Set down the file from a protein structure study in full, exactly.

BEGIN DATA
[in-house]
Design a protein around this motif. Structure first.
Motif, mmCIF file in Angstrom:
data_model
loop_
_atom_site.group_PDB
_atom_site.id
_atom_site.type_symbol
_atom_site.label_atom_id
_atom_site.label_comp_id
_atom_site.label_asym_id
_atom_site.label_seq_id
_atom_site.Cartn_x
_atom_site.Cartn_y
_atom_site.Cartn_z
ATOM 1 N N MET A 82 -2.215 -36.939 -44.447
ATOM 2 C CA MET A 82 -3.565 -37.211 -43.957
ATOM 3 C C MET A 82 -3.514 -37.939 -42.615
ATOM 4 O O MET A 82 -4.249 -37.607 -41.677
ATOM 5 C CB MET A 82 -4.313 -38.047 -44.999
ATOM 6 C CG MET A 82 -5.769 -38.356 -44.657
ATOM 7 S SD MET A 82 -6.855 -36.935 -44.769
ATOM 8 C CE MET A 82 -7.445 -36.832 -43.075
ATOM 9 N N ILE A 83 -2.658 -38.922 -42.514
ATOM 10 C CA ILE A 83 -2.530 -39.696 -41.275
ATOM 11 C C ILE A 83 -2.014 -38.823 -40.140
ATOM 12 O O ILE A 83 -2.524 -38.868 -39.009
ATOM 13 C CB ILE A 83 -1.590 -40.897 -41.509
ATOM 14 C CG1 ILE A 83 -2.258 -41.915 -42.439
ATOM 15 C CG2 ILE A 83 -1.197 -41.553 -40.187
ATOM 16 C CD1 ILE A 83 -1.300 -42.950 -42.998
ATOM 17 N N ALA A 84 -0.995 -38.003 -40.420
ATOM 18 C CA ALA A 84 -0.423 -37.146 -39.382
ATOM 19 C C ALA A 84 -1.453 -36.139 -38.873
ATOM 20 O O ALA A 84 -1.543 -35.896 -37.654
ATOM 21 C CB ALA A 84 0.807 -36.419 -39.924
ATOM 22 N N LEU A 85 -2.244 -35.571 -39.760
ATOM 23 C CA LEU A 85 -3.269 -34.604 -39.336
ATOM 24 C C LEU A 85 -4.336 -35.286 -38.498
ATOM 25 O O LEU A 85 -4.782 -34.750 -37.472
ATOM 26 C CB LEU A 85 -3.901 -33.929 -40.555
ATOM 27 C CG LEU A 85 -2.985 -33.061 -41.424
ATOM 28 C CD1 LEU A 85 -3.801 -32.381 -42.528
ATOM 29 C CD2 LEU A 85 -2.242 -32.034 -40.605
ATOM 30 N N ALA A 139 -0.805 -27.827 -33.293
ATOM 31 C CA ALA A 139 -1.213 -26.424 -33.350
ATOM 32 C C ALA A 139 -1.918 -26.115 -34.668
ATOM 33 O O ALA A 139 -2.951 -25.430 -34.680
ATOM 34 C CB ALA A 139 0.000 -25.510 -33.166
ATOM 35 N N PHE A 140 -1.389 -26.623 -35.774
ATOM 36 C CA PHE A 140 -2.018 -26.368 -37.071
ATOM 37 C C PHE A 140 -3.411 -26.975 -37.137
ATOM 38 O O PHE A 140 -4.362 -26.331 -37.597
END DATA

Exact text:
[in-house]
Design a protein around this motif. Structure first.
Motif, mmCIF file in Angstrom:
data_model
loop_
_atom_site.group_PDB
_atom_site.id
_atom_site.type_symbol
_atom_site.label_atom_id
_atom_site.label_comp_id
_atom_site.label_asym_id
_atom_site.label_seq_id
_atom_site.Cartn_x
_atom_site.Cartn_y
_atom_site.Cartn_z
ATOM 1 N N MET A 82 -2.215 -36.939 -44.447
ATOM 2 C CA MET A 82 -3.565 -37.211 -43.957
ATOM 3 C C MET A 82 -3.514 -37.939 -42.615
ATOM 4 O O MET A 82 -4.249 -37.607 -41.677
ATOM 5 C CB MET A 82 -4.313 -38.047 -44.999
ATOM 6 C CG MET A 82 -5.769 -38.356 -44.657
ATOM 7 S SD MET A 82 -6.855 -36.935 -44.769
ATOM 8 C CE MET A 82 -7.445 -36.832 -43.075
ATOM 9 N N ILE A 83 -2.658 -38.922 -42.514
ATOM 10 C CA ILE A 83 -2.530 -39.696 -41.275
ATOM 11 C C ILE A 83 -2.014 -38.823 -40.140
ATOM 12 O O ILE A 83 -2.524 -38.868 -39.009
ATOM 13 C CB ILE A 83 -1.590 -40.897 -41.509
ATOM 14 C CG1 ILE A 83 -2.258 -41.915 -42.439
ATOM 15 C CG2 ILE A 83 -1.197 -41.553 -40.187
ATOM 16 C CD1 ILE A 83 -1.300 -42.950 -42.998
ATOM 17 N N ALA A 84 -0.995 -38.003 -40.420
ATOM 18 C CA ALA A 84 -0.423 -37.146 -39.382
ATOM 19 C C ALA A 84 -1.453 -36.139 -38.873
ATOM 20 O O ALA A 84 -1.543 -35.896 -37.654
ATOM 21 C CB ALA A 84 0.807 -36.419 -39.924
ATOM 22 N N LEU A 85 -2.244 -35.571 -39.760
ATOM 23 C CA LEU A 85 -3.269 -34.604 -39.336
ATOM 24 C C LEU A 85 -4.336 -35.286 -38.498
ATOM 25 O O LEU A 85 -4.782 -34.750 -37.472
ATOM 26 C CB LEU A 85 -3.901 -33.929 -40.555
ATOM 27 C CG LEU A 85 -2.985 -33.061 -41.424
ATOM 28 C CD1 LEU A 85 -3.801 -32.381 -42.528
ATOM 29 C CD2 LEU A 85 -2.242 -32.034 -40.605
ATOM 30 N N ALA A 139 -0.805 -27.827 -33.293
ATOM 31 C CA ALA A 139 -1.213 -26.424 -33.350
ATOM 32 C C ALA A 139 -1.918 -26.115 -34.668
ATOM 33 O O ALA A 139 -2.951 -25.430 -34.680
ATOM 34 C CB ALA A 139 0.000 -25.510 -33.166
ATOM 35 N N PHE A 140 -1.389 -26.623 -35.774
ATOM 36 C CA PHE A 140 -2.018 -26.368 -37.071
ATOM 37 C C PHE A 140 -3.411 -26.975 -37.137
ATOM 38 O O PHE A 140 -4.362 -26.331 -37.597